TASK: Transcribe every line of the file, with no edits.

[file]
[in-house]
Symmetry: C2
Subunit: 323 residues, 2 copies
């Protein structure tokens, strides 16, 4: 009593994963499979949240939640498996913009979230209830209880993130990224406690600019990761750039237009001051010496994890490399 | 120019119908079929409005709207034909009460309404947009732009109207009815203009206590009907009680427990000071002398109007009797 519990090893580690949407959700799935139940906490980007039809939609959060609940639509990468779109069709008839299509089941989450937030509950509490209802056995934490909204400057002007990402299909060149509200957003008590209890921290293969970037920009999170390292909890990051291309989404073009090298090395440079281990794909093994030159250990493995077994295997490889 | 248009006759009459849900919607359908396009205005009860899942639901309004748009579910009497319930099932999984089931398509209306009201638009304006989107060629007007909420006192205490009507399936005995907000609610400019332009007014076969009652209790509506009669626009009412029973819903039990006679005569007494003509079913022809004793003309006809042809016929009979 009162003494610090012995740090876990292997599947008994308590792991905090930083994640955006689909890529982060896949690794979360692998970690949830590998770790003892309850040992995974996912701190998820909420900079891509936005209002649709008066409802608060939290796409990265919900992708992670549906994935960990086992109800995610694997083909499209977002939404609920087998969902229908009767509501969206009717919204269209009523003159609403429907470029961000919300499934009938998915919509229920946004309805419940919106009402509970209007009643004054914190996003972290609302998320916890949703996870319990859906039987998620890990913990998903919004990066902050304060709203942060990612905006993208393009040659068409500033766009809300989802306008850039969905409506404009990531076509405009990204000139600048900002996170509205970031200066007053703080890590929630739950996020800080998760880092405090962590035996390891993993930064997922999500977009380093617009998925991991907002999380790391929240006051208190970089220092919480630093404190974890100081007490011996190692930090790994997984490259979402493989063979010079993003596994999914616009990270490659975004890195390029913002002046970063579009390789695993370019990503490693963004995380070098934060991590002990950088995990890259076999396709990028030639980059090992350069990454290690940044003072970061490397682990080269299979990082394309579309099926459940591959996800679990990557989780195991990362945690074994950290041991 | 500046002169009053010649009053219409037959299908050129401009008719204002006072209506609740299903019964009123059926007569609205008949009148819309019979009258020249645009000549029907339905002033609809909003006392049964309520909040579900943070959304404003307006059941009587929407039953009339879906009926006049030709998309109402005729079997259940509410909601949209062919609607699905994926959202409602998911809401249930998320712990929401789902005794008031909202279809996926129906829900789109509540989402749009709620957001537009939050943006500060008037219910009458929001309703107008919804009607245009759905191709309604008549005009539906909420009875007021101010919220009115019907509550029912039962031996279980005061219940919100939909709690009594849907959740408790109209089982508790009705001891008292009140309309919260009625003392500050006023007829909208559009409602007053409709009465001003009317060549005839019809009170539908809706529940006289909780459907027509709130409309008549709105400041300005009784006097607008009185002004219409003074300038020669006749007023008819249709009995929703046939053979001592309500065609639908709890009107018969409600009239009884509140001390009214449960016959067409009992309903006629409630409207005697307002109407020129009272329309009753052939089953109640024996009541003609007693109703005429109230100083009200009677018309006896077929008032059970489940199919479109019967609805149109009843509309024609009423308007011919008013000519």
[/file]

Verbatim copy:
[in-house]
Symmetry: C2
Subunit: 323 residues, 2 copies
């Protein structure tokens, strides 16, 4: 009593994963499979949240939640498996913009979230209830209880993130990224406690600019990761750039237009001051010496994890490399 | 120019119908079929409005709207034909009460309404947009732009109207009815203009206590009907009680427990000071002398109007009797 519990090893580690949407959700799935139940906490980007039809939609959060609940639509990468779109069709008839299509089941989450937030509950509490209802056995934490909204400057002007990402299909060149509200957003008590209890921290293969970037920009999170390292909890990051291309989404073009090298090395440079281990794909093994030159250990493995077994295997490889 | 248009006759009459849900919607359908396009205005009860899942639901309004748009579910009497319930099932999984089931398509209306009201638009304006989107060629007007909420006192205490009507399936005995907000609610400019332009007014076969009652209790509506009669626009009412029973819903039990006679005569007494003509079913022809004793003309006809042809016929009979 009162003494610090012995740090876990292997599947008994308590792991905090930083994640955006689909890529982060896949690794979360692998970690949830590998770790003892309850040992995974996912701190998820909420900079891509936005209002649709008066409802608060939290796409990265919900992708992670549906994935960990086992109800995610694997083909499209977002939404609920087998969902229908009767509501969206009717919204269209009523003159609403429907470029961000919300499934009938998915919509229920946004309805419940919106009402509970209007009643004054914190996003972290609302998320916890949703996870319990859906039987998620890990913990998903919004990066902050304060709203942060990612905006993208393009040659068409500033766009809300989802306008850039969905409506404009990531076509405009990204000139600048900002996170509205970031200066007053703080890590929630739950996020800080998760880092405090962590035996390891993993930064997922999500977009380093617009998925991991907002999380790391929240006051208190970089220092919480630093404190974890100081007490011996190692930090790994997984490259979402493989063979010079993003596994999914616009990270490659975004890195390029913002002046970063579009390789695993370019990503490693963004995380070098934060991590002990950088995990890259076999396709990028030639980059090992350069990454290690940044003072970061490397682990080269299979990082394309579309099926459940591959996800679990990557989780195991990362945690074994950290041991 | 500046002169009053010649009053219409037959299908050129401009008719204002006072209506609740299903019964009123059926007569609205008949009148819309019979009258020249645009000549029907339905002033609809909003006392049964309520909040579900943070959304404003307006059941009587929407039953009339879906009926006049030709998309109402005729079997259940509410909601949209062919609607699905994926959202409602998911809401249930998320712990929401789902005794008031909202279809996926129906829900789109509540989402749009709620957001537009939050943006500060008037219910009458929001309703107008919804009607245009759905191709309604008549005009539906909420009875007021101010919220009115019907509550029912039962031996279980005061219940919100939909709690009594849907959740408790109209089982508790009705001891008292009140309309919260009625003392500050006023007829909208559009409602007053409709009465001003009317060549005839019809009170539908809706529940006289909780459907027509709130409309008549709105400041300005009784006097607008009185002004219409003074300038020669006749007023008819249709009995929703046939053979001592309500065609639908709890009107018969409600009239009884509140001390009214449960016959067409009992309903006629409630409207005697307002109407020129009272329309009753052939089953109640024996009541003609007693109703005429109230100083009200009677018309006896077929008032059970489940199919479109019967609805149109009843509309024609009423308007011919008013000519």